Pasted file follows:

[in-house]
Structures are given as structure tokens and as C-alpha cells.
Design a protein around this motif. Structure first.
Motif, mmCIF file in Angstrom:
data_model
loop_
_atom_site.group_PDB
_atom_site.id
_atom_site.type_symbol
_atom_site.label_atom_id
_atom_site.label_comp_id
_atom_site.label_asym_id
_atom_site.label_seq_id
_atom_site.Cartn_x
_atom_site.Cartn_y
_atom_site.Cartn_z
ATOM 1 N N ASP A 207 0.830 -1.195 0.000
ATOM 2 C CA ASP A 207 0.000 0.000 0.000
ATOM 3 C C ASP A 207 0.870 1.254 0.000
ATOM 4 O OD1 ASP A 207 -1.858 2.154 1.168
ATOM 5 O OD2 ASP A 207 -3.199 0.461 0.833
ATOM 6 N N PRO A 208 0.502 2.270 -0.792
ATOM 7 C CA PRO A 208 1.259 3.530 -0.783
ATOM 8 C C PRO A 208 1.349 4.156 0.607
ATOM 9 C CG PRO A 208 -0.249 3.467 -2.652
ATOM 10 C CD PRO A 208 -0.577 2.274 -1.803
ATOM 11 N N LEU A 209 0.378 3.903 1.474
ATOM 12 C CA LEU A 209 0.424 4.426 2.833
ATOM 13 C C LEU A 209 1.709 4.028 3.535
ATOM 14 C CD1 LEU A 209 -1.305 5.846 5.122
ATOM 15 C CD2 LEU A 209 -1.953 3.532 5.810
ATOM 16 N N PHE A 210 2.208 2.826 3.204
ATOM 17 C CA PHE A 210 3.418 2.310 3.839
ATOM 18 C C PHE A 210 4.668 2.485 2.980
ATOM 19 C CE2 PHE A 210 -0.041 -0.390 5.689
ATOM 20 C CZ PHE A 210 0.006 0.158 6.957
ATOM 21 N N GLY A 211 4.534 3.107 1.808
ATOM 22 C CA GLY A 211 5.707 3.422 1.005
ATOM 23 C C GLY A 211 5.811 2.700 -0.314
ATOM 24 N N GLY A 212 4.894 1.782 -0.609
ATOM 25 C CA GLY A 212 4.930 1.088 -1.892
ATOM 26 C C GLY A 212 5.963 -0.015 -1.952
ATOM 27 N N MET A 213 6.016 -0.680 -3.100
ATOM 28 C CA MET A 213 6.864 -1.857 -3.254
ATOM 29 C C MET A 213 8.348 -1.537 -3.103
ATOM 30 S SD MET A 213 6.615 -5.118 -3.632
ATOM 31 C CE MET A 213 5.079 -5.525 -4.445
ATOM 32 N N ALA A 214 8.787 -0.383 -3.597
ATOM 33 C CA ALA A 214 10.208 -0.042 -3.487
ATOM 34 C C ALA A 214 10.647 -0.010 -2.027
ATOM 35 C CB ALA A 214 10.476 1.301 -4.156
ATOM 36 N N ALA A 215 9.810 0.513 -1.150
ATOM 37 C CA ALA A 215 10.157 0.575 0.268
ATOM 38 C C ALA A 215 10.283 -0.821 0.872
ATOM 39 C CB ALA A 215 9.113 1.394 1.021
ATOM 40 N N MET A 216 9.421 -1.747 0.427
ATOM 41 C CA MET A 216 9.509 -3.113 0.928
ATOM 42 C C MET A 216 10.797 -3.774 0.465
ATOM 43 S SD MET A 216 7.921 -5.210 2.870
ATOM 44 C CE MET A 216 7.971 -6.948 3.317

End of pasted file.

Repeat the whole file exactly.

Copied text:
[in-house]
Structures are given as structure tokens and as C-alpha cells.
Design a protein around this motif. Structure first.
Motif, mmCIF file in Angstrom:
data_model
loop_
_atom_site.group_PDB
_atom_site.id
_atom_site.type_symbol
_atom_site.label_atom_id
_atom_site.label_comp_id
_atom_site.label_asym_id
_atom_site.label_seq_id
_atom_site.Cartn_x
_atom_site.Cartn_y
_atom_site.Cartn_z
ATOM 1 N N ASP A 207 0.830 -1.195 0.000
ATOM 2 C CA ASP A 207 0.000 0.000 0.000
ATOM 3 C C ASP A 207 0.870 1.254 0.000
ATOM 4 O OD1 ASP A 207 -1.858 2.154 1.168
ATOM 5 O OD2 ASP A 207 -3.199 0.461 0.833
ATOM 6 N N PRO A 208 0.502 2.270 -0.792
ATOM 7 C CA PRO A 208 1.259 3.530 -0.783
ATOM 8 C C PRO A 208 1.349 4.156 0.607
ATOM 9 C CG PRO A 208 -0.249 3.467 -2.652
ATOM 10 C CD PRO A 208 -0.577 2.274 -1.803
ATOM 11 N N LEU A 209 0.378 3.903 1.474
ATOM 12 C CA LEU A 209 0.424 4.426 2.833
ATOM 13 C C LEU A 209 1.709 4.028 3.535
ATOM 14 C CD1 LEU A 209 -1.305 5.846 5.122
ATOM 15 C CD2 LEU A 209 -1.953 3.532 5.810
ATOM 16 N N PHE A 210 2.208 2.826 3.204
ATOM 17 C CA PHE A 210 3.418 2.310 3.839
ATOM 18 C C PHE A 210 4.668 2.485 2.980
ATOM 19 C CE2 PHE A 210 -0.041 -0.390 5.689
ATOM 20 C CZ PHE A 210 0.006 0.158 6.957
ATOM 21 N N GLY A 211 4.534 3.107 1.808
ATOM 22 C CA GLY A 211 5.707 3.422 1.005
ATOM 23 C C GLY A 211 5.811 2.700 -0.314
ATOM 24 N N GLY A 212 4.894 1.782 -0.609
ATOM 25 C CA GLY A 212 4.930 1.088 -1.892
ATOM 26 C C GLY A 212 5.963 -0.015 -1.952
ATOM 27 N N MET A 213 6.016 -0.680 -3.100
ATOM 28 C CA MET A 213 6.864 -1.857 -3.254
ATOM 29 C C MET A 213 8.348 -1.537 -3.103
ATOM 30 S SD MET A 213 6.615 -5.118 -3.632
ATOM 31 C CE MET A 213 5.079 -5.525 -4.445
ATOM 32 N N ALA A 214 8.787 -0.383 -3.597
ATOM 33 C CA ALA A 214 10.208 -0.042 -3.487
ATOM 34 C C ALA A 214 10.647 -0.010 -2.027
ATOM 35 C CB ALA A 214 10.476 1.301 -4.156
ATOM 36 N N ALA A 215 9.810 0.513 -1.150
ATOM 37 C CA ALA A 215 10.157 0.575 0.268
ATOM 38 C C ALA A 215 10.283 -0.821 0.872
ATOM 39 C CB ALA A 215 9.113 1.394 1.021
ATOM 40 N N MET A 216 9.421 -1.747 0.427
ATOM 41 C CA MET A 216 9.509 -3.113 0.928
ATOM 42 C C MET A 216 10.797 -3.774 0.465
ATOM 43 S SD MET A 216 7.921 -5.210 2.870
ATOM 44 C CE MET A 216 7.971 -6.948 3.317